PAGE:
Morning papers: IMF puts the pressure on Congress

The International Monetary Fund and the United States Treasury turned up the heat on members of Congress to end the deadlock over America’s public finances yesterday, as it was confirmed that a key economic data release will be postponed because of the federal government shutdown, reports the Independent.

Christine Lagarde, the IMF director general, warned that it was “mission critical” for Congress to vote to increase the federal debt ceiling before October 17, when the Washington government is expected to run out of cash to fund its national debt.

Strong UK services data ‘points to fastest economic growth in 15 years’

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Britain’s economy may have expanded at its fastest pace in 15 years in the past three months, analysts suggested on Thursday, after an upbeat survey of the key services sector suggested it is growing at a healthy clip, reports the Guardian.

The monthly purchasing managers’ index for services declined slightly, to 60.3 in September, from 60.5 in August, but the average score over the quarter suggested the fastest growth in services output since mid-1997.

China to invest in £650m Manchester project

China’s biggest bank will invest in a new £650m business district at Manchester airport in a deal the government believes will mark a fresh wave of investment by Beijing in UK infrastructure, reports the Financial Times.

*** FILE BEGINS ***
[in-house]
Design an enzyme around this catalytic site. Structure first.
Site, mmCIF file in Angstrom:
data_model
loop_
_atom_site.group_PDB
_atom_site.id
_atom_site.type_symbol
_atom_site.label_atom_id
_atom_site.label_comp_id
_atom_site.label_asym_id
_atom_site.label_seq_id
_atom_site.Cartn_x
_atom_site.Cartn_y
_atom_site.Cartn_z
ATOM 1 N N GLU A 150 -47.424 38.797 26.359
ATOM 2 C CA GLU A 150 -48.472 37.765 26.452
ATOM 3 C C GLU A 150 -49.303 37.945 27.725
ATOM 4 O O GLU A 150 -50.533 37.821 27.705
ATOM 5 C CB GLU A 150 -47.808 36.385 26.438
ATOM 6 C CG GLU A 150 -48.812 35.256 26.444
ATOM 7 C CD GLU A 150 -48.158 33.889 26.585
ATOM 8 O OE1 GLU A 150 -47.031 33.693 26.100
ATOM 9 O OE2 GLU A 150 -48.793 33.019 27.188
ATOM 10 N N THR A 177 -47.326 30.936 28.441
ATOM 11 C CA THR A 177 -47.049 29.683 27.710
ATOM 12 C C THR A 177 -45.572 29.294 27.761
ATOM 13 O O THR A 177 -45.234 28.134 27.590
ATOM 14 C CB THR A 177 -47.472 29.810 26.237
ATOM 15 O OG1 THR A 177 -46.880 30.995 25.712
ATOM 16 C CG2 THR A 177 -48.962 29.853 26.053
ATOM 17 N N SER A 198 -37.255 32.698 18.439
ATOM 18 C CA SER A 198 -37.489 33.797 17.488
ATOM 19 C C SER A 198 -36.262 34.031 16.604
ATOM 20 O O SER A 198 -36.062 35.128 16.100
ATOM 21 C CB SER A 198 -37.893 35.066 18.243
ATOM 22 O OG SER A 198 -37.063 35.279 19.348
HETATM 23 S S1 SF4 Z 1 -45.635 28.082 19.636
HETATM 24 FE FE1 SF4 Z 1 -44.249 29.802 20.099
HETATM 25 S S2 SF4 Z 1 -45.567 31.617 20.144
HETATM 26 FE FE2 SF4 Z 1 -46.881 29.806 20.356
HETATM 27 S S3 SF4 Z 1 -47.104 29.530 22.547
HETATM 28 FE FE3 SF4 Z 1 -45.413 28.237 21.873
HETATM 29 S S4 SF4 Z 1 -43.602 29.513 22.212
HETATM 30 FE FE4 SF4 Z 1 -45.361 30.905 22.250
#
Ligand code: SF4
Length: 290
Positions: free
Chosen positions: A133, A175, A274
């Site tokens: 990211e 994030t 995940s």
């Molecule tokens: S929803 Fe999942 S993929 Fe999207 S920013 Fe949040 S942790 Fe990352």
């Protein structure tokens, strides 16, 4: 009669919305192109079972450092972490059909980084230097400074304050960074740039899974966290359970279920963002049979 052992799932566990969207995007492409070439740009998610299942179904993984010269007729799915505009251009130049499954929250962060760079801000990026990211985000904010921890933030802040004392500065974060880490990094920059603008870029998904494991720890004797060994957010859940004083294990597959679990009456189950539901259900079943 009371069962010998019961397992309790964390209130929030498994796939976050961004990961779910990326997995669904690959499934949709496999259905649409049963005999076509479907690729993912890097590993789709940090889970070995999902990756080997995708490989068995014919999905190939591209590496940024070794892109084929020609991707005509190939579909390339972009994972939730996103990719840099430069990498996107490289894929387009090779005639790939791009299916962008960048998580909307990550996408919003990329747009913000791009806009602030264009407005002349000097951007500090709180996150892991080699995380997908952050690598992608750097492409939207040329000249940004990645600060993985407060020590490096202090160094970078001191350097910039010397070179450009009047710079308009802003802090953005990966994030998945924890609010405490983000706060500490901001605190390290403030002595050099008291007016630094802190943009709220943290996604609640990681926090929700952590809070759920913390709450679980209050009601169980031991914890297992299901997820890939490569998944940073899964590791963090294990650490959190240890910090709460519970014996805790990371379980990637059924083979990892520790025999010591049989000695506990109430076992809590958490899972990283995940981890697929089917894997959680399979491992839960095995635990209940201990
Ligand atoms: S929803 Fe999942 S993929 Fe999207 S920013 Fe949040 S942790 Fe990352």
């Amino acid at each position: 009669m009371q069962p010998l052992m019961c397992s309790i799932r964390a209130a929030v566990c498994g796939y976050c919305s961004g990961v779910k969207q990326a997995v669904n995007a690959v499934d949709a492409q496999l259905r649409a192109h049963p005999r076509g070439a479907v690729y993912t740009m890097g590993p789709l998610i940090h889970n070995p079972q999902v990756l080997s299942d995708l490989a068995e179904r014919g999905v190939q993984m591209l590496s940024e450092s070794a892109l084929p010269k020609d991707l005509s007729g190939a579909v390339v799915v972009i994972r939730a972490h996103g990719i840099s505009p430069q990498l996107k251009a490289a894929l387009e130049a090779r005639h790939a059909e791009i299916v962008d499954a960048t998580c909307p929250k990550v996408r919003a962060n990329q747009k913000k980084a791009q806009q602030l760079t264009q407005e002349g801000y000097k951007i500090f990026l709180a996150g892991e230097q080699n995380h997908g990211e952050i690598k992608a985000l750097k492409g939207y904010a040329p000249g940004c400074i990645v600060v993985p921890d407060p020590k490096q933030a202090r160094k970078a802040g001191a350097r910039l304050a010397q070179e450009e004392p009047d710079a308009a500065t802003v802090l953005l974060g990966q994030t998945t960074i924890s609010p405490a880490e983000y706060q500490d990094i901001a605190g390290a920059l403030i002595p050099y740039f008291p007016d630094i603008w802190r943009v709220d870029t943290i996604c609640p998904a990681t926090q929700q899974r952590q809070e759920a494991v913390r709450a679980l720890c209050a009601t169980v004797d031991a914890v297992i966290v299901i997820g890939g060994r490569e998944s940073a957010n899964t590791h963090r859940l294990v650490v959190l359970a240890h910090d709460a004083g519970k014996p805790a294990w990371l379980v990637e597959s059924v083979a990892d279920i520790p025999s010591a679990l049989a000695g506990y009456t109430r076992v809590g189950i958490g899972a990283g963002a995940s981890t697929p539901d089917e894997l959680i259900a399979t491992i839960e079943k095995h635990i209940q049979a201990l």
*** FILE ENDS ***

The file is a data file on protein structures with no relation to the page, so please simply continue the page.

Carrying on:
The state-owned Industrial and Commercial Bank of China is to sign the deal when UK chancellor George Osborne visits Beijing with a view to rekindling Sino-British relations after months of diplomatic tension.

Number of UK businesses hits a record high

Britain is now home to more businesses than ever before as the number of firms bounds past its pre-crisis levels, Office for National Statistics data showed yesterday, reports City AM.

Its annual update showed 2.17m firms registered for tax in March, up 0.9 per cent or 18,000 on the year.

Twitter reveals its finances ahead of $1bn stockmarket flotation

Twitter gave potential investors a fuller picture of its business last night, lifting the lid on its finances as it filed detailed paperwork for a $1bn (£0.6bn) debut on the public markets, reports the Independent.

The company first announced its intention to go public last month using a tweet sent out from its official account to confirm plans for what is one of the most hotly anticipated listings of recent times.

UK to seal nuclear power deal within weeks, says energy minister Michael Fallon

The comments are the most confident yet over the prospects for agreement with EDF over the financial terms for building reactors at Hinkley Point in Somerset., reports the Daily Telegraph.

Negotiations have dragged on since last year, missing numerous deadlines set by the French energy giant.